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Photo by Phil Hall, UAA Photographer

Students in the gathering area at the new Engineering and Industry Building at the University of Alaska Anchorage.

level, so students can gather data from dropping objects from various heights. The new building has been designed with adaptability in mind, as well. Barlow says that the gas and power systems leading into all of the lab spaces are flexible, allowing them to be modified with relative ease and little expense if the needs of the college change over time.

New Tech

Technology has been integrated into every room in the building, with many classrooms equipped with computers, and most of the lab and classroom spaces have builtin projectors, screens, and computer systems. “This is a state-of-the-art facility that allows us to do distance education,” Barlow says. “We can have individuals at various off-site locations on monitors” in the Elearning classrooms. These rooms are also equipped with microphones and cameras that follow motion and sound, meaning they will automatically focus on whoever is speaking. Lectures in these rooms can be recorded, and this presents the opportunity for long distance learning as well as a study material for students to access. A control room is situated between two of the E-learning classrooms. If necessary, an operator can sit in that room and address any issues that may arise as the technology is being utilized. “Teaching a class a job in itself; you don’t want to be trying to make technology work at the same time. This allows faculty members to just focus on their teaching,” Barlow says.

Labs and More Labs Aside from the strong-floor lab, the building

is equipped with several specialized labs to allow students an opportunity for handson learning. One is the cold lab, monies for which were donated by Ted and Gloria Trueblood. It consists of two large, walk-in freezers. Barlow says, “We can store samples, or machine cold samples, allowing us to investigate frozen soils without thawing them.” There’s a construction materials lab, which includes cement mixers in a mixing room and a curing room that’s capable of controlling temperature and humidity as samples cure. Across the hall a lab contains impact testers, a machine that does tensile and compression tests, and a specialized machine that can do compression tests in a temperature-controlled chamber. The pavement lab has equipment for mixing asphalt and pavement, as well as machines that simulate road wear with various attachments, including those that behave like a tire with or without studs. There’s a fluid mechanics lab with a fortyfoot flume that can be filled with water, allowing students to gather erosion information or to test small scale hydroelectric projects. That lab contains a wind tunnel, allowing research into wind power. All in all, the building has been welldesigned and well-constructed by a team of more than thirty contractors and subcontractors led by general contractor Neeser Construction, Inc. and design consultant Livingston Slone, Inc. Barlow says, “It’s a fabulous team, and we’re very pleased with them.” R Tasha Anderson is an Associate Editor at Alaska Business Monthly. March 2016 | Alaska Business Monthly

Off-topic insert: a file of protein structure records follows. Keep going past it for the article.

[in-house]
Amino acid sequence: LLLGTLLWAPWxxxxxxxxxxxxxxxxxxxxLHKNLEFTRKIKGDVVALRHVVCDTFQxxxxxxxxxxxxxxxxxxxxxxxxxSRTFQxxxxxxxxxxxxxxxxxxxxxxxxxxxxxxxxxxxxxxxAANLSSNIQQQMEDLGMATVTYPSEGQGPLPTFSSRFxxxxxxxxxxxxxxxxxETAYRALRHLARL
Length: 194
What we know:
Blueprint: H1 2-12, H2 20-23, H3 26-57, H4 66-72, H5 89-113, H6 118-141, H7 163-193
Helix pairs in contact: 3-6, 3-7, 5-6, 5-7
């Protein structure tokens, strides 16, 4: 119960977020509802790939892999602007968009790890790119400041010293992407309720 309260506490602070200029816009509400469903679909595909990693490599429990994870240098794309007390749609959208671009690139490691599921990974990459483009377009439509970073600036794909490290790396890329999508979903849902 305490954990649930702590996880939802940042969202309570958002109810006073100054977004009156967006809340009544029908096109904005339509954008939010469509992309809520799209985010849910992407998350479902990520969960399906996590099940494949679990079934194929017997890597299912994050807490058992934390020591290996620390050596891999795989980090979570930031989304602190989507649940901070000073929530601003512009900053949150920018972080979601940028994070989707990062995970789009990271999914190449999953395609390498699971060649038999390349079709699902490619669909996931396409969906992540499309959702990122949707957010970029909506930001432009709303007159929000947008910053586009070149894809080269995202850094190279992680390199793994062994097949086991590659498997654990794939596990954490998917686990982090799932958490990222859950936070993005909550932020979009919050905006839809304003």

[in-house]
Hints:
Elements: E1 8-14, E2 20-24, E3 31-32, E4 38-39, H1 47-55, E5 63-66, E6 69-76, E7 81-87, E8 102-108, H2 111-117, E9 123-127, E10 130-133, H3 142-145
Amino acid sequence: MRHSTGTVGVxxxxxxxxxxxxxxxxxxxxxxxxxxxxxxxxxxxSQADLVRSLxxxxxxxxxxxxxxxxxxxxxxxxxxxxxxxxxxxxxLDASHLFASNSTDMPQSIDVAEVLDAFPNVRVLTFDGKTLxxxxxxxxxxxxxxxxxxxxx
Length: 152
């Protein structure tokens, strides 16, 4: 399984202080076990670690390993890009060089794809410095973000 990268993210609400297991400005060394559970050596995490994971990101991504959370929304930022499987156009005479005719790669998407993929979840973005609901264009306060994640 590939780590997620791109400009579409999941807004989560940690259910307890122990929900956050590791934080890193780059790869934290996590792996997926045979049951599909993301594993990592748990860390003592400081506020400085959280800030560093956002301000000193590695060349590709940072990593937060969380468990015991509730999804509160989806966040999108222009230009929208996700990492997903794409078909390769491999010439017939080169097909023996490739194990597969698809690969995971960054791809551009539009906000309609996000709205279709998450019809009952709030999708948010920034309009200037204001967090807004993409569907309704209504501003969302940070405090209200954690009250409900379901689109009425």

Alaska Business Monthly March 2016  
Alaska Business Monthly March 2016  

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